Forgotten Favorites

Often, we will have books returned to the branch that never belonged to us in the first place. Maybe they came from a different county’s public system, maybe they came from the school, and sometimes they even just come from the public’s personal collections. Either way, they all end up here. Yesterday, we received one such accidental return that really took me back: Harry Allard’s Miss Nelson is Back. adored these books when I was  a kid, and it got me thinking about some of the other books I loved as a kid that don’t really seem to get much circulation these days. Here are just a few.

The Miss Nelson series by Harry Allard

I re-read a few books from this collection today so I could try and remember what I liked so much about them. It’s the subtle humor, the cleverness of Miss Nelson and the so obvious (to us, the wise reader) yet so funny terrible trick of Miss Viola Swamp, the evil substitute designed to trick Miss Nelson’s class into compliance.

The Cranberry series by Wendy and Harry Devlin

I re-read one of these books today too and I think what I loved most about this collection was how homey they felt. It has real morals, some quirky characters, but a real down-home vibe present in both the plot and in the illustrations. I was sad to note that the copy I was reading (and likely others in our library’s collection) would probably be weeded soon because it was more than 20 years old and has little signs of being circulated.

The Froggy series by Johnathan London

Another one I re-read today. I honestly can’t remember what I loved about these so much except that they had relate-able plots, some basic preschool level humor and the main character was a frog so he did everything humans do but in a frog manner (ex.: he ate dinner on a plate at a table but the food was flies).

Eloise by Kay Thompson

I remember getting Eloise for Christmas one year and feeling slightly confused at how long it was for a picture book. But I was enamored with Eloise and her antics and the crazy life she led in a hotel, acting glamorously immature. Also I believe one of the pages folded out and I loved tucking it in and pulling it out to examine all the *bonus* material stored on the lengthened page. I’m not sure – Eloise may still be popular for kids these days but I rarely see it moving around.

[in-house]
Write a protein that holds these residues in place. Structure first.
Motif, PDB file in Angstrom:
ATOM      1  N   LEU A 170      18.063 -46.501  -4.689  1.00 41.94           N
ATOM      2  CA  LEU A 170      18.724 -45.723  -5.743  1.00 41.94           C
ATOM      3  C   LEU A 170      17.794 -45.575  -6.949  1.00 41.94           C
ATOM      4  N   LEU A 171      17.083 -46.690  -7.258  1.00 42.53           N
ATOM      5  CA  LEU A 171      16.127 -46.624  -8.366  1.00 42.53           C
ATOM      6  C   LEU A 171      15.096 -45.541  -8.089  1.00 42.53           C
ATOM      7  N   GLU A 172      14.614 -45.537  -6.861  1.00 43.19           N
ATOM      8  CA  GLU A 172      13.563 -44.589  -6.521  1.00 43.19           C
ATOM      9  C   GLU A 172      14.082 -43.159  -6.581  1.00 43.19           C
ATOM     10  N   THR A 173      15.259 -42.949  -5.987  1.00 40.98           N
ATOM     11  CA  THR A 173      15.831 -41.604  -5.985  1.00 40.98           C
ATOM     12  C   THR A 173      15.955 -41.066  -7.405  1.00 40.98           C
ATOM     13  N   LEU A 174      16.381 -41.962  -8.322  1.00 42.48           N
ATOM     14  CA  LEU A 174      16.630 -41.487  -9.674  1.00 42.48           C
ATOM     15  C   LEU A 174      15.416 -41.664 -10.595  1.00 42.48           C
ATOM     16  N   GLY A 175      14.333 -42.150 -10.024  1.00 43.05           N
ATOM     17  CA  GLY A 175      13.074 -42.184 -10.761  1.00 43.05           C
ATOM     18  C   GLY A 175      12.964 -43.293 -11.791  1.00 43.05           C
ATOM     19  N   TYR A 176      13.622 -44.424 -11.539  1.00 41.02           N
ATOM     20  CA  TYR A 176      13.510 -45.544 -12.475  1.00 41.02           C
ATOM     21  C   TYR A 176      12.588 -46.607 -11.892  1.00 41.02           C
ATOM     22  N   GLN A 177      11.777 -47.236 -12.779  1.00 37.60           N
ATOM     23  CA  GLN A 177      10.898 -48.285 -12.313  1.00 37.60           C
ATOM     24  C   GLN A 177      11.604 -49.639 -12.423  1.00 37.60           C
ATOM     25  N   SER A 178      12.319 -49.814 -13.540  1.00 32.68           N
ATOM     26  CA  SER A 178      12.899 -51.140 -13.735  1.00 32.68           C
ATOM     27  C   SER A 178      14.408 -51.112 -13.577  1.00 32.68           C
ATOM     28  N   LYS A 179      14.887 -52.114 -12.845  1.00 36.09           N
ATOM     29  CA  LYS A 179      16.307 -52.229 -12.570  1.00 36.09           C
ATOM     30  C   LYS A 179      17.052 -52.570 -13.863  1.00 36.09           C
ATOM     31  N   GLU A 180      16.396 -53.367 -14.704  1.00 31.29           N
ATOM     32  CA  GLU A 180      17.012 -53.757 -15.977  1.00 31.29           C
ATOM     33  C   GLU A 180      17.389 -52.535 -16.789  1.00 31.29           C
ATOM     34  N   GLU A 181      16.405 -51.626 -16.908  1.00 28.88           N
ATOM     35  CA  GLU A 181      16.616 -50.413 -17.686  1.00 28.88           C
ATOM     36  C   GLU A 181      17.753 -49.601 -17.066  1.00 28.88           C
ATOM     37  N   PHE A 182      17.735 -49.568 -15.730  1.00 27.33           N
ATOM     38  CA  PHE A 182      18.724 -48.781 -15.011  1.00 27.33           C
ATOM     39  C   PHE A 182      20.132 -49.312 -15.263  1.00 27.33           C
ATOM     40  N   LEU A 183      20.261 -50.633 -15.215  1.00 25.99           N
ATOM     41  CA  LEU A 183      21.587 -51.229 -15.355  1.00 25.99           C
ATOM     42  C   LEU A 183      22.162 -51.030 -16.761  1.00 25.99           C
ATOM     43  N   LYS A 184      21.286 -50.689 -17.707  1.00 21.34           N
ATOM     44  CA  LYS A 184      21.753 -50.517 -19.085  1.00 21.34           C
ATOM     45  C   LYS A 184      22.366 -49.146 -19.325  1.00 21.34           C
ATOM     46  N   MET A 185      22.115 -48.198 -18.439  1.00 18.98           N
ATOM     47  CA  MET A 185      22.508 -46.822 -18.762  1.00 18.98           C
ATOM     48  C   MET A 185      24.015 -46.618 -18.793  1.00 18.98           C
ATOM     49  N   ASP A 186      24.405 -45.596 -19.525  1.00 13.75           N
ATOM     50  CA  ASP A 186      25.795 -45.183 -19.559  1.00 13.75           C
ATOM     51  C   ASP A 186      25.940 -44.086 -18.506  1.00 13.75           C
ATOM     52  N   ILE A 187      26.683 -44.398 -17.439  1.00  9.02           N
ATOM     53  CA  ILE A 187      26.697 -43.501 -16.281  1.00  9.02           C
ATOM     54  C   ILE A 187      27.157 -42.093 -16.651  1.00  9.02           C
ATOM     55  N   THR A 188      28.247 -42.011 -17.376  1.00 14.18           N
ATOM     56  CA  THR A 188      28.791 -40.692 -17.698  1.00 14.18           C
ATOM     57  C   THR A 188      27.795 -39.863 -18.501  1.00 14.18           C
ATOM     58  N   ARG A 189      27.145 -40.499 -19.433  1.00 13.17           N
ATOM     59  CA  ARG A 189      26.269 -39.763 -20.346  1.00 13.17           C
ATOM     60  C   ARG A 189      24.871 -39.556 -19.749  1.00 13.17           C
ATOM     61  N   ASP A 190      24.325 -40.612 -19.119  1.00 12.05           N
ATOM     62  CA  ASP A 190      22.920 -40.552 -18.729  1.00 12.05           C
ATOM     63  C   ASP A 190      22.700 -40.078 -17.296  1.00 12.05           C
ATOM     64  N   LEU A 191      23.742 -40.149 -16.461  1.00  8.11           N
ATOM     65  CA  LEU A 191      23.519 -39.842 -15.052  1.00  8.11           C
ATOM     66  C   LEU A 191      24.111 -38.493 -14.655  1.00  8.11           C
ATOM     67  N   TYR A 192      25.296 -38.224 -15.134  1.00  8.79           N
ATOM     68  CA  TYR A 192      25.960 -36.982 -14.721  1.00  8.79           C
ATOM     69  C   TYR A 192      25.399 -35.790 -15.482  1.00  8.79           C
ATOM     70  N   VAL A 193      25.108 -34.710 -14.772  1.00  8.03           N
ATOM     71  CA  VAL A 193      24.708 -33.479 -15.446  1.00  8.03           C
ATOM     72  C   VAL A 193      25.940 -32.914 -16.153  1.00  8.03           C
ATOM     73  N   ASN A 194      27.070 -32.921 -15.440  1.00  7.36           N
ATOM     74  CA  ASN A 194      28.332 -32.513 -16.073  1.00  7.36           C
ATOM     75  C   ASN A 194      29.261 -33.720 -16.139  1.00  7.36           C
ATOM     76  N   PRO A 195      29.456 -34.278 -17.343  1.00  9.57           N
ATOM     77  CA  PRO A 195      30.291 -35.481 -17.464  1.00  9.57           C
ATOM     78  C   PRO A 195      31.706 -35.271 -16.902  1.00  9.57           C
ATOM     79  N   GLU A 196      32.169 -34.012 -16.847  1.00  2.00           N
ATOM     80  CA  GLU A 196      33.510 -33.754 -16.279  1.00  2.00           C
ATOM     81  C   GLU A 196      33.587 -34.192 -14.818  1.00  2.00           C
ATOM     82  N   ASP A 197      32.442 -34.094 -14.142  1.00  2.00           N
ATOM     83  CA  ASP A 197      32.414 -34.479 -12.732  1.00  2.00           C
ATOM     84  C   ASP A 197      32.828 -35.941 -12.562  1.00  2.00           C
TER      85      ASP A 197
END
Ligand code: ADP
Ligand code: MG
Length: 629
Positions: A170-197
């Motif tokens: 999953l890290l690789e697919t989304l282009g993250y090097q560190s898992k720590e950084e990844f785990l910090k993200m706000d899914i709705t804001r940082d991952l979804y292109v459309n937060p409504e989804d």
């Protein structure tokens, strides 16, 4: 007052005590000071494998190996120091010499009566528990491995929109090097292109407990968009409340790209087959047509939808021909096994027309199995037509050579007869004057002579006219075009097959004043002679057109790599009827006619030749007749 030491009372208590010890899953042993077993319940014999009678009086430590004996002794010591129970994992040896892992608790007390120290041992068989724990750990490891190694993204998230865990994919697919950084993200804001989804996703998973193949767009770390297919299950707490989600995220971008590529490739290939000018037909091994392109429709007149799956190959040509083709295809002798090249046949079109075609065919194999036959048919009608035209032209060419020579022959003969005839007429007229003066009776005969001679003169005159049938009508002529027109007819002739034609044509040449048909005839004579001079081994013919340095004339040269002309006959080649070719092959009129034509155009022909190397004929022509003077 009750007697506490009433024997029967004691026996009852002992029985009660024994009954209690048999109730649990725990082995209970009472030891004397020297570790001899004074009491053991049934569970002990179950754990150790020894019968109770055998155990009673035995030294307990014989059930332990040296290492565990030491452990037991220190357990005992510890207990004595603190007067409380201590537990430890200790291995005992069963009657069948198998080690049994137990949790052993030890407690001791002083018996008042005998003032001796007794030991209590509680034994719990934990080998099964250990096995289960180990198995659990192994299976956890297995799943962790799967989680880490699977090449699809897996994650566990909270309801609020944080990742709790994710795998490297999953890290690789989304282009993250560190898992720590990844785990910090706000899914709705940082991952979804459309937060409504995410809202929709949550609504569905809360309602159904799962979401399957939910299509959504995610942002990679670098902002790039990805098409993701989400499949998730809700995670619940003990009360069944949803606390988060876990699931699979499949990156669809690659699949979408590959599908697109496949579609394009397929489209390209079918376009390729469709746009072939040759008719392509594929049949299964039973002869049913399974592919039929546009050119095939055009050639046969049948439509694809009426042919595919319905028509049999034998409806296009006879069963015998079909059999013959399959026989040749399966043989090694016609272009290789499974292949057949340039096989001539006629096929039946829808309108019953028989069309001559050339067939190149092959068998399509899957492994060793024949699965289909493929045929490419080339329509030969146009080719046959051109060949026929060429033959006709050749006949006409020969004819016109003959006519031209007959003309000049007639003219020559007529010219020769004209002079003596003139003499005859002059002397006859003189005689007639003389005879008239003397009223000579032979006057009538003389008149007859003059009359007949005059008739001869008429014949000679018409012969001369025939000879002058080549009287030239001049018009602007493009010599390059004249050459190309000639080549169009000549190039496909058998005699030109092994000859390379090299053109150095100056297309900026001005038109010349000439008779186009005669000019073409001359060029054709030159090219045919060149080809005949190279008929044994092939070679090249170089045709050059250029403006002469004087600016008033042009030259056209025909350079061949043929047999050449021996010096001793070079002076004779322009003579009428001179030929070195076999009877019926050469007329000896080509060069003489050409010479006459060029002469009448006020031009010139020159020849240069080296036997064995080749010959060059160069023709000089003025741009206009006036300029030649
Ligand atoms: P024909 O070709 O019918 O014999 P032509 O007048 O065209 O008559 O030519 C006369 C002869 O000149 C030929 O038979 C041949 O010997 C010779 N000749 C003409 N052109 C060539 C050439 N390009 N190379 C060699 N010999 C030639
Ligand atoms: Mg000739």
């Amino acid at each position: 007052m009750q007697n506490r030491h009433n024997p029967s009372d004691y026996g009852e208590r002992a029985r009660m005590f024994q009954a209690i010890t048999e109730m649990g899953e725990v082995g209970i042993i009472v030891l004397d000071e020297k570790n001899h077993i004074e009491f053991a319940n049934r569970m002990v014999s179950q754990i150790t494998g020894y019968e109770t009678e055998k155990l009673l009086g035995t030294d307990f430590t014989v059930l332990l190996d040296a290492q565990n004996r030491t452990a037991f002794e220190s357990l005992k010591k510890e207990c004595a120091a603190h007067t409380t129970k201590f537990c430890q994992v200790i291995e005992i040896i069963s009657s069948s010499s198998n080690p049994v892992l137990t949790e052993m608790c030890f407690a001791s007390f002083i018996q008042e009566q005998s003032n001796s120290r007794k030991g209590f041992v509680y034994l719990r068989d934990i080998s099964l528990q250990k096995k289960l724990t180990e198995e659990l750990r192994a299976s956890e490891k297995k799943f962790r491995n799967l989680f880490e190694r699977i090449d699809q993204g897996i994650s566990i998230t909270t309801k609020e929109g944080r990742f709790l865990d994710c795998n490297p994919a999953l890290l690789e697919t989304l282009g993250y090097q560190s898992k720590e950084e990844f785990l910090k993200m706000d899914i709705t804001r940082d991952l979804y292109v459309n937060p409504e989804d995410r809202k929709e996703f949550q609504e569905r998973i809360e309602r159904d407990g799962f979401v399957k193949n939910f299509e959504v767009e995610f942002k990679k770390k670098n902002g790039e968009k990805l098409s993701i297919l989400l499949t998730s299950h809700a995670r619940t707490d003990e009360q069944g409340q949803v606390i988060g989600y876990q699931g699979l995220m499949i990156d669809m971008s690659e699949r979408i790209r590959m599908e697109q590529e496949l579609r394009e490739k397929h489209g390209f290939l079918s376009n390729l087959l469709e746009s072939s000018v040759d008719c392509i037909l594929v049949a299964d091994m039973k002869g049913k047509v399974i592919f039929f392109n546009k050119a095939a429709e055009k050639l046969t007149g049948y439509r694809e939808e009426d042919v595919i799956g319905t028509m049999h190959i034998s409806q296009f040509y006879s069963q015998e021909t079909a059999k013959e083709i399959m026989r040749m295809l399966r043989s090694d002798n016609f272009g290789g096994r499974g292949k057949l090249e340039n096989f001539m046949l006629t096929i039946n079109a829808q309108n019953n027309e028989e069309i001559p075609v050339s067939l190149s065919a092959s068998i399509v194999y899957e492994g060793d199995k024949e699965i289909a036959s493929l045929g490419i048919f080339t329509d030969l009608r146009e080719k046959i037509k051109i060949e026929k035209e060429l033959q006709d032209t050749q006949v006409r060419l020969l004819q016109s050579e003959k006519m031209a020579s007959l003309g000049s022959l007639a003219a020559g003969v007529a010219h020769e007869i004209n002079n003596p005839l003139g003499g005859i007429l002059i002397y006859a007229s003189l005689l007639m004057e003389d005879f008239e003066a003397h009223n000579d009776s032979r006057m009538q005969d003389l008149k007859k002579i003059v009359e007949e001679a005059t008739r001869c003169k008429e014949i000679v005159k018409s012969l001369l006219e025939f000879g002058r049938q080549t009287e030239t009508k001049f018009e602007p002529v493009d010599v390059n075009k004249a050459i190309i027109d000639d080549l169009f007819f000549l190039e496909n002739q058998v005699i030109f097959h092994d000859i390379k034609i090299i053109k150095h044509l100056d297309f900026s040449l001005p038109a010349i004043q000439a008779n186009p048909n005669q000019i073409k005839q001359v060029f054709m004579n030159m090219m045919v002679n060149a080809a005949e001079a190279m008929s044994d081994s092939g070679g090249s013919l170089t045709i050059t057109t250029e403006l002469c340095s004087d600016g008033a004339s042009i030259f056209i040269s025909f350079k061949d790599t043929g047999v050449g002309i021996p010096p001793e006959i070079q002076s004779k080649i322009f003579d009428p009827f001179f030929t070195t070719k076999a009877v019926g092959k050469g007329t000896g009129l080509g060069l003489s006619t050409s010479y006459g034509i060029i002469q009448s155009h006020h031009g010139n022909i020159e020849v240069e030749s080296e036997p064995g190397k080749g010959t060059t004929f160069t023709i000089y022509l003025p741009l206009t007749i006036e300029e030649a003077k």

Matilda by Roald Dahl

Ok Matilda is definitely still reasonably popular with the kids, especially now that another of Dahl’s books, The BFG, is set to become a movie and families are rediscovering Dahl’s work. But I couldn’t make a list of childhood favorites and not include Matilda. I would visit my library every week to check out the movie and my paperback copy was so well-loved that the cover tore off. Matilda was me, and I loved her dearly.

Harriet the Spy by Louise Fitzhugh

I *loved* Harriet the Spy. I wanted to be Harriet the Spy. Soon after reading the book I took to carrying around a notebook with me everywhere I went to record my observations. I quickly forgot the task and soon abandoned the notebook, but would go on to pick it back up with the same objective in mind several times before realizing that maybe spy life wasn’t for me. Still, I loved Harriet as a strong, female, no-nonsense role model much in the same way I loved Matilda.

From the Mixed-Up Files of Mrs. Basil E. Frankweiler by E.L. Konigsburg

I think I liked this book because it was kind of weird but also mischevious, it had the spirit of adventure mixed with a healthy dose of intellectualism (the kids locked themselves in a museum after all, and were very resourceful about it). I read this book so many times, though I don’t think at the time I would have admitted it was one of my favorites, because I always thought the name was kind of weird and off-putting.

The Baby-sitter’s Club Series by Ann M. Martin

Who didn’t love the Baby-sitter’s Club? I admired their friendship, drama and resourcefulness, and plus, with 100+ books, the series fueled my budding desire to collect things (who is surprised I went on to be a librarian?). My dad would take me to thrift stores and used book shops, buying them for me in bulk at 10 cents apiece. Sometimes I would forget if I had certain books, resulting in my owning multiple copes. I also branched into the Baby-sitter’s Little Sister series, bringing my collection to astounding numbers. I still can’t bear to part with them and have them all stowed on a bookshelf at my childhood home. In fact, my love for them was so great I may have to do a reflection on them similar to my Harry Potter post last week!

I’m sure there are more books – this may become a recurring series! What were your favorite books that you just don’t see getting as much love today?


One thought on “Forgotten Favorites

  1. Pingback: February book round-up – librasaurus rex

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